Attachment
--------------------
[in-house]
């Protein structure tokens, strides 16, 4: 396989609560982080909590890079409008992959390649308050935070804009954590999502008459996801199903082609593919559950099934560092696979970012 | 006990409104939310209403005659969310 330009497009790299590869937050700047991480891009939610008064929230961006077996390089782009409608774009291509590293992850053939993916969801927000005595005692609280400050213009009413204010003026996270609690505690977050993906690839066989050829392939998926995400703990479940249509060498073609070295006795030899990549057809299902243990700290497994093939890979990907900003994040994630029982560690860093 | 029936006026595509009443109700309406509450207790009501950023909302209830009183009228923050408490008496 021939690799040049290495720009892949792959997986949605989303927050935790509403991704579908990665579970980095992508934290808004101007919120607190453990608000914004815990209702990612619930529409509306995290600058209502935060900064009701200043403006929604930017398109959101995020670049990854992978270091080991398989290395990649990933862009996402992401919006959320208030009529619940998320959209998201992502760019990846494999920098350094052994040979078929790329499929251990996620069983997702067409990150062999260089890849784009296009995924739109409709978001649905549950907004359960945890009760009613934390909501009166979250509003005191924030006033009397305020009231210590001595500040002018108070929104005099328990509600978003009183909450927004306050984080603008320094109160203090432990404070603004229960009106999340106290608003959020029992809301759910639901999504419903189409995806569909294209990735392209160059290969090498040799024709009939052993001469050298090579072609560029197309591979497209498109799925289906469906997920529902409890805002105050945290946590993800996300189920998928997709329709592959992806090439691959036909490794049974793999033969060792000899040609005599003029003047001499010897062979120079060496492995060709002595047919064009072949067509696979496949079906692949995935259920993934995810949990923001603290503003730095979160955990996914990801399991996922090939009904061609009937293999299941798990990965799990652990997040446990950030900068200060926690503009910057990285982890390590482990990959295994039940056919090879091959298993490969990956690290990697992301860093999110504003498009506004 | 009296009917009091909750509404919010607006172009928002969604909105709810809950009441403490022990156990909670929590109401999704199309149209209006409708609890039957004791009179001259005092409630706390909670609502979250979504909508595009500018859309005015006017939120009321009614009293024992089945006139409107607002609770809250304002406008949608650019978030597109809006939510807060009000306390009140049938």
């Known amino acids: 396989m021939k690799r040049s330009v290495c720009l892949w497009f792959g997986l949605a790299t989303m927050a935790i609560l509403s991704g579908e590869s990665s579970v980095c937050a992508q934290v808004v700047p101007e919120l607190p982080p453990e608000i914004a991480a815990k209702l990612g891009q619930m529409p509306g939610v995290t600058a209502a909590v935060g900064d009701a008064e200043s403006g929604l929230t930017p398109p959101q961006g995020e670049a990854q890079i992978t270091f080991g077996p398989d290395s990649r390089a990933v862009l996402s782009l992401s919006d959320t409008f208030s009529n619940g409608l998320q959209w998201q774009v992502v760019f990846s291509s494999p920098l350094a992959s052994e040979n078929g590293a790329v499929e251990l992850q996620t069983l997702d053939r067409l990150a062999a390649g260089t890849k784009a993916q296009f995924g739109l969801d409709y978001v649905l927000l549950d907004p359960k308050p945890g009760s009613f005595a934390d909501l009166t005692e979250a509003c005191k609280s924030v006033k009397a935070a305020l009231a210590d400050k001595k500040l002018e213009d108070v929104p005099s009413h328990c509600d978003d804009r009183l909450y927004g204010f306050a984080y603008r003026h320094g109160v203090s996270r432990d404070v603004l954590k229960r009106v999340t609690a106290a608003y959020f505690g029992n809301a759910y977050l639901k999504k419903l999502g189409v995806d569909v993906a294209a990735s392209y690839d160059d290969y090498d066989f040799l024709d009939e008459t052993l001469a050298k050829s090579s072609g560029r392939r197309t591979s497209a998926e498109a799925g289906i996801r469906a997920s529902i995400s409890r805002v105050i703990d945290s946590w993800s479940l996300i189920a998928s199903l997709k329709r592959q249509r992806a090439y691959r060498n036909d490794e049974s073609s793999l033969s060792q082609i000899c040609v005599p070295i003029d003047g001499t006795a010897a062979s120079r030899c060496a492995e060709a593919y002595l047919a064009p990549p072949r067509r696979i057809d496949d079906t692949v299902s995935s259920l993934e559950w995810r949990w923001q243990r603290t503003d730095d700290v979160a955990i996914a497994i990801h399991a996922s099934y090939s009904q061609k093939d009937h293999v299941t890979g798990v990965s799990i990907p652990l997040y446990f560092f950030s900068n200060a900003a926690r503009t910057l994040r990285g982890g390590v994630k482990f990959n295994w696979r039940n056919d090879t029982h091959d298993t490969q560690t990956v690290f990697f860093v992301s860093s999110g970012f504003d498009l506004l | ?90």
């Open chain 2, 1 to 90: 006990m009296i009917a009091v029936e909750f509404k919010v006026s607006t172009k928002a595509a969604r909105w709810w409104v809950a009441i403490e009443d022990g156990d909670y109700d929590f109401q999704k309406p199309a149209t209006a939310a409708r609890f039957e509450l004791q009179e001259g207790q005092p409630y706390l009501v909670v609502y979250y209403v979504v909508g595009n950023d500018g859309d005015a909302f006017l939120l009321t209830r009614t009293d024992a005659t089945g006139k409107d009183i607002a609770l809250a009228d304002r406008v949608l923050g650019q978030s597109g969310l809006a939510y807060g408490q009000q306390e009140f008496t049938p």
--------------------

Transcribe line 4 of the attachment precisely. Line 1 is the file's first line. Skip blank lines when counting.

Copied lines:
């Open chain 2, 1 to 90: 006990m009296i009917a009091v029936e909750f509404k919010v006026s607006t172009k928002a595509a969604r909105w709810w409104v809950a009441i403490e009443d022990g156990d909670y109700d929590f109401q999704k309406p199309a149209t209006a939310a409708r609890f039957e509450l004791q009179e001259g207790q005092p409630y706390l009501v909670v609502y979250y209403v979504v909508g595009n950023d500018g859309d005015a909302f006017l939120l009321t209830r009614t009293d024992a005659t089945g006139k409107d009183i607002a609770l809250a009228d304002r406008v949608l923050g650019q978030s597109g969310l809006a939510y807060g408490q009000q306390e009140f008496t049938p």